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'Government Owes You Money' Phone Scams


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Australian residents have been receiving scam phone calls in which they are told that the government owes them a substantial sum of money, usually several thousand dollars. The scammers claim to be Australian Government staff members and often name a specific government department such as the Department of Finance or the Australian Taxation Office (ATO).

The scammers invent various scenarios to explain why the unexpected rebates are being paid. They may claim that your bank has been mistakenly collecting extra fees from your account over a period of years and you are therefore owed a lump sum reimbursement. Or, they may claim that the money is a return on a long-term government or superannuation investment. Or, they may claim that you are owed a social security payment or tax refund.

The scammers will insist that, to claim the supposed government rebate, you must pay an upfront processing or administration fee. In some cases, they will insist that you pay the fee immediately via a credit card. In other cases, they may ask you to send the money via a wire transfer or other method and then call back on a phone number they provide and quote a reference number to be put in contact with a 'payment officer' or 'supervisor'.

In some versions, the scammers may try to trick you into divulging bank or credit card details, ostensibly so that they can deposit the rebate in your account.

During the call, you may also be asked to provide other sensitive personal and financial information, ostensibly as a means of proving your identity to allow processing of the rebate.

In some cases, the scammers may collect easily accessible information such as your name and address details before they call you. By quoting back this information during the call, they can personalise the scam and make their fake claims seem more legitimate.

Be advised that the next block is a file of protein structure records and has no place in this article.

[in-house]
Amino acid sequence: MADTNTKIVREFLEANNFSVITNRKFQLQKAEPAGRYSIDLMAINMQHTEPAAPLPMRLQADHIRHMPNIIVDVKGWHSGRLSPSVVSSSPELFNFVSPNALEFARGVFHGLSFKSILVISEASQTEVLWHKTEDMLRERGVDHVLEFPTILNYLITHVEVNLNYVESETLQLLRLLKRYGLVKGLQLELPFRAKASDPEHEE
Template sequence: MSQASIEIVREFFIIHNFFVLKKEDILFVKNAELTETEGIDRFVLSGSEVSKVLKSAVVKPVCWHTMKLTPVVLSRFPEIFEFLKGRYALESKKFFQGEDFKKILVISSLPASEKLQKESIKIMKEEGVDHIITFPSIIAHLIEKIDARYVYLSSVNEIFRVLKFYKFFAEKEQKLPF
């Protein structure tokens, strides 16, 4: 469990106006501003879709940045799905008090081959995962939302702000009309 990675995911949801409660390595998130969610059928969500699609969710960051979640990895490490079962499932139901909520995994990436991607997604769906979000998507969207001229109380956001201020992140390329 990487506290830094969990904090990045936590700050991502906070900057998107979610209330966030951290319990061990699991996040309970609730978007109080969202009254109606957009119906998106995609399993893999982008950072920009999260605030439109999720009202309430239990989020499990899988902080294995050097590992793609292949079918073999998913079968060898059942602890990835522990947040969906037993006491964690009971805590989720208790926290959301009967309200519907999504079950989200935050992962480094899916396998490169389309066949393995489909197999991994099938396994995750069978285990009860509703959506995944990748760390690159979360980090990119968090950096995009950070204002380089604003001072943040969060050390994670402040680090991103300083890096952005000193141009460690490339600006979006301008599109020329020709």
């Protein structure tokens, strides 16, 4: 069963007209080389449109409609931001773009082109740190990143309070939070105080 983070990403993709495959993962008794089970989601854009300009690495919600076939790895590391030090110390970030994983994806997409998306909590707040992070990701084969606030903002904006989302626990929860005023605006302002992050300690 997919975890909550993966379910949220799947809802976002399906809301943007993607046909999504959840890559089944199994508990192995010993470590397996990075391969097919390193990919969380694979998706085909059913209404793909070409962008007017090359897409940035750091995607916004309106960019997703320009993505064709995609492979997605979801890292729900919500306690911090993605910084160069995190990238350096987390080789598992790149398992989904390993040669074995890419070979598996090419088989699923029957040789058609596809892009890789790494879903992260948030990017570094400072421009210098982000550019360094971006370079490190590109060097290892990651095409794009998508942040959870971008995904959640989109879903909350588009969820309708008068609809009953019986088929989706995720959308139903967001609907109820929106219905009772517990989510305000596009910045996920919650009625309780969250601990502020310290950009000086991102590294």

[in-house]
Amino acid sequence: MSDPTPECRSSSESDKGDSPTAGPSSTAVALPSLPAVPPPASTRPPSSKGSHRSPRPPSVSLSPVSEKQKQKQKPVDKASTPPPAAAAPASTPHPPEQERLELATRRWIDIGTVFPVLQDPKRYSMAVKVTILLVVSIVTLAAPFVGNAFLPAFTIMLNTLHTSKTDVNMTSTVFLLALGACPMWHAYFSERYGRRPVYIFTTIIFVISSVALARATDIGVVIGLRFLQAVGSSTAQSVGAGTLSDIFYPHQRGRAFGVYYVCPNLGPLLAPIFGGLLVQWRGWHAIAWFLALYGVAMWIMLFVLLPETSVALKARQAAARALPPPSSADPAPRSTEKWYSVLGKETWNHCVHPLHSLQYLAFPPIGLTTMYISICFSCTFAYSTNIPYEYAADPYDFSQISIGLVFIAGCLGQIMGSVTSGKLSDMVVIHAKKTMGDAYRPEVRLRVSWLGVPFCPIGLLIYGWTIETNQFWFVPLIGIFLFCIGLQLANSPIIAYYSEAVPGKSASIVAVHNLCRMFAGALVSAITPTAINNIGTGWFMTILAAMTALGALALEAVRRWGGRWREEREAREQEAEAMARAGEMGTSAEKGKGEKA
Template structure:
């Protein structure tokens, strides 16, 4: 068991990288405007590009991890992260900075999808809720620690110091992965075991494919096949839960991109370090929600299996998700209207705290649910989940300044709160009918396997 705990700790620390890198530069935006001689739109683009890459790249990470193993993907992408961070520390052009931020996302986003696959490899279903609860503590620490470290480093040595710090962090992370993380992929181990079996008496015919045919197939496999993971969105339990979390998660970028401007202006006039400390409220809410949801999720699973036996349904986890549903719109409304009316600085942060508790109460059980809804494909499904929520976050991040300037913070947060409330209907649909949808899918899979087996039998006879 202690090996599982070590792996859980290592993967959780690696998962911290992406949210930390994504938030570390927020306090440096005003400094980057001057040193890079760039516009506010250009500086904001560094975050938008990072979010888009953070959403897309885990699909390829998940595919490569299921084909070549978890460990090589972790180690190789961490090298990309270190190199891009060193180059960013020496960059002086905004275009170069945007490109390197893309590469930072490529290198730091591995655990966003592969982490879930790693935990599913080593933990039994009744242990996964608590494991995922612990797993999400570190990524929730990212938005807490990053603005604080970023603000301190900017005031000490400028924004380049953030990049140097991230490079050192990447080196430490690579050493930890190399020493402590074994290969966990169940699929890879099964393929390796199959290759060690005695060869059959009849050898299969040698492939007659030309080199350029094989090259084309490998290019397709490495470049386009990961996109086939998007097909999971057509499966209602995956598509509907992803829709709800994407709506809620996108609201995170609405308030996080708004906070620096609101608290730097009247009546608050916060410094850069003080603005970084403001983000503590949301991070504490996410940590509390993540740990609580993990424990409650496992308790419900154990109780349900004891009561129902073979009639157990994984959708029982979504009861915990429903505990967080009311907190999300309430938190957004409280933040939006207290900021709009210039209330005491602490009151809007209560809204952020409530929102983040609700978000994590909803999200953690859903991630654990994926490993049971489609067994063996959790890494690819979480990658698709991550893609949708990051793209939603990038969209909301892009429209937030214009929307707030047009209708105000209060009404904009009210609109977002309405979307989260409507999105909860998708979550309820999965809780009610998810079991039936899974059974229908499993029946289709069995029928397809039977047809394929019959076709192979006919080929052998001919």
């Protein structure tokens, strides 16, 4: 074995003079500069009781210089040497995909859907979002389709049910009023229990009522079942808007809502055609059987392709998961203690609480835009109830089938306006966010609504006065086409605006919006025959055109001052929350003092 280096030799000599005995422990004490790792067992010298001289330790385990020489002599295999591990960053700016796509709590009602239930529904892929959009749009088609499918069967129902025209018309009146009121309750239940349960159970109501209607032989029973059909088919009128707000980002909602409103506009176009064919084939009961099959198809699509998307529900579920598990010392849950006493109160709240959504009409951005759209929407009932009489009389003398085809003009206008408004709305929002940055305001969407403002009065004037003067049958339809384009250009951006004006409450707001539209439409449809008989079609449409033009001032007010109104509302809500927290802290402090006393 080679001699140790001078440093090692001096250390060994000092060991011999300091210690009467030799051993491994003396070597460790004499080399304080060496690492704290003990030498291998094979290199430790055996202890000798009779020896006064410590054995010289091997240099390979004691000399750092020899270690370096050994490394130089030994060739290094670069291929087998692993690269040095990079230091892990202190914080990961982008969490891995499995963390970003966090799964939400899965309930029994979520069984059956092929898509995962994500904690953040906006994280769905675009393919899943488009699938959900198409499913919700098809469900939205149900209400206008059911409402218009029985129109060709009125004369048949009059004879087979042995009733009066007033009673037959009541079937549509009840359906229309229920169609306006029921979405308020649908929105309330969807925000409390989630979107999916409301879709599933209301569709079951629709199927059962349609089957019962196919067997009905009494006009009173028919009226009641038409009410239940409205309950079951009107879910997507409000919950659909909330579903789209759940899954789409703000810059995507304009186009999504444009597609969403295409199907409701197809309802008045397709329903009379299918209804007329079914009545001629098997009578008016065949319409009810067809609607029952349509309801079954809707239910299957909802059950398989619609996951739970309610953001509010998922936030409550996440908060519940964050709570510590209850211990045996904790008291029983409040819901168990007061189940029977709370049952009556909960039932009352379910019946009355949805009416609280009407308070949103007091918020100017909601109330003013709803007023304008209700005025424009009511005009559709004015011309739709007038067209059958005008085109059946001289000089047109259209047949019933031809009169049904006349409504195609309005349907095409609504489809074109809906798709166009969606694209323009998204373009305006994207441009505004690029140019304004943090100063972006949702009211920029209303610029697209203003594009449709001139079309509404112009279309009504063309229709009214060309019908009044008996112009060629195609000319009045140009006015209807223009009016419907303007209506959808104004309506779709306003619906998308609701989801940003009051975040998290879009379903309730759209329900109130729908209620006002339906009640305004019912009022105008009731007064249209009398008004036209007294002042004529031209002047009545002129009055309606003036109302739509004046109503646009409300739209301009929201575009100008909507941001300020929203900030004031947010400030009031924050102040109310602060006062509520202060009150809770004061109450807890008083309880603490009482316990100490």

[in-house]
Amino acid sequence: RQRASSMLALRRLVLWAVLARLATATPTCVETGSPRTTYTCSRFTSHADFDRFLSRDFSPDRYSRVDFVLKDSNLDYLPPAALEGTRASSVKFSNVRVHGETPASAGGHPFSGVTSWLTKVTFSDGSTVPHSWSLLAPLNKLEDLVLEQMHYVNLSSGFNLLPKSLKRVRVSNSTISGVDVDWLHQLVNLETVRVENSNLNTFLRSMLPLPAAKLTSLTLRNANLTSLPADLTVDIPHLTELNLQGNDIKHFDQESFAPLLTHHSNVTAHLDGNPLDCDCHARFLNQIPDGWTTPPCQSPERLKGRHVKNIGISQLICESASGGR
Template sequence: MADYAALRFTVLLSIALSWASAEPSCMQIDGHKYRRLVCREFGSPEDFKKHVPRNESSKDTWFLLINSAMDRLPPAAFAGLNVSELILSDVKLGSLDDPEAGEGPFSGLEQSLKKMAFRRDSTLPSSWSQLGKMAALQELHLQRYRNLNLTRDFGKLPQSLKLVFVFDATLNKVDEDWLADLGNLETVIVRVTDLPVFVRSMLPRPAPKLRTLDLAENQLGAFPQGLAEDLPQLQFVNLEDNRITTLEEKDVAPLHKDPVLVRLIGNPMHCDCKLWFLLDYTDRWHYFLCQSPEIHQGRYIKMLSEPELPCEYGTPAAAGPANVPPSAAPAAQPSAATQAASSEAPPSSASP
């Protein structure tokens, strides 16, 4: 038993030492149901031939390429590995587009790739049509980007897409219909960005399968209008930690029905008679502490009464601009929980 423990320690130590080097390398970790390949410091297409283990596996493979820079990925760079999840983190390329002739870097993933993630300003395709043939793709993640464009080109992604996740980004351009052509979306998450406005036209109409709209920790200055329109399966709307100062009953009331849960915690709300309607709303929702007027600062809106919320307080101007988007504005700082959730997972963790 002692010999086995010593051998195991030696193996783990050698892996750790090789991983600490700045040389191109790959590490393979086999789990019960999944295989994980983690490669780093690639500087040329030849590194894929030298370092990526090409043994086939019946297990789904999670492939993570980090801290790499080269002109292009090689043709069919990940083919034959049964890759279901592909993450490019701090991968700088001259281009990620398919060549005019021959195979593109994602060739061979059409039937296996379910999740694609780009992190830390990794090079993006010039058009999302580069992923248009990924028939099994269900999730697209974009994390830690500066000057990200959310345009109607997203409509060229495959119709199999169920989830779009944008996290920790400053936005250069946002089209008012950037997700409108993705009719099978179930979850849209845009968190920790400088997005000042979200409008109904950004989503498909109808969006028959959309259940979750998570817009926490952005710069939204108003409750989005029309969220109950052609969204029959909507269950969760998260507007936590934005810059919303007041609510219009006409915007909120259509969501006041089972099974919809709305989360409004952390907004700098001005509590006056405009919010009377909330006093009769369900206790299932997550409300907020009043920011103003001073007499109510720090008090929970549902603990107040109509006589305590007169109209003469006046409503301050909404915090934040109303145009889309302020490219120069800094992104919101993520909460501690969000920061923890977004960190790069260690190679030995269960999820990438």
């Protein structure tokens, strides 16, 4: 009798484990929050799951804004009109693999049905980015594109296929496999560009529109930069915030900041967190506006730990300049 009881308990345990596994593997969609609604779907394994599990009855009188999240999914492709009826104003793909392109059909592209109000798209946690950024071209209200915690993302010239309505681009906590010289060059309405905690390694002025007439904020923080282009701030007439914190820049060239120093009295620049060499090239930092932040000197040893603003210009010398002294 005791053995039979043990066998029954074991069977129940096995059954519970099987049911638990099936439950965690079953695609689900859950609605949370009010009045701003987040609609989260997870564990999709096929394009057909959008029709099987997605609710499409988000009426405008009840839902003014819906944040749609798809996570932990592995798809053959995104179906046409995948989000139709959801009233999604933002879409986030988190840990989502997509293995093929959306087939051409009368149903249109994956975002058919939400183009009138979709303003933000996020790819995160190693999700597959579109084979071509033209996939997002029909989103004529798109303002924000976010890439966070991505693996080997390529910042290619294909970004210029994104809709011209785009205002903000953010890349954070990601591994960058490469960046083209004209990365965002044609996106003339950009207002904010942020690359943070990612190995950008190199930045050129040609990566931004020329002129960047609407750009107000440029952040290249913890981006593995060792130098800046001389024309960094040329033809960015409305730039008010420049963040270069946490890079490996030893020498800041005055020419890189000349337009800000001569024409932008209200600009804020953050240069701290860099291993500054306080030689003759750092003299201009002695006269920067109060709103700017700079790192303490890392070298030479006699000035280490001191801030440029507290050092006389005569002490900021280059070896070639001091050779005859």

Of course, there is no rebate and any payments sent will be pocketed by the scammers and you will never get it back. If you have provided your financial details, the scammers may be able to hijack your bank account or use your credit card numbers to conduct fraudulent transactions. They may use the personal information they have collected to steal your identity.

Be very wary of any phone call in which the caller claims that the government owes you money and you must pay an upfront fee or provide personal information. If you receive such a call, tell the caller that you will contact the relevant government department directly and hang up.

If you are concerned that the call may have been legitimate, find a contact number for the government department and call them to check. However, do not use a contact number supplied by the callers. Calling such a number will just connect you back to the scammers.

While this article discusses phone scams that target people in Australia, very similar government payment scams occur in other countries as well. Moreover, there are many similar types of phone scams that also attempt to trick people into sending their money and personal information to scammers. For more information about such scams, see:


   

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Man angry at scam phone call

Last updated: January 19, 2016
First published: July 1, 2015
By Brett M. Christensen
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Phone Scams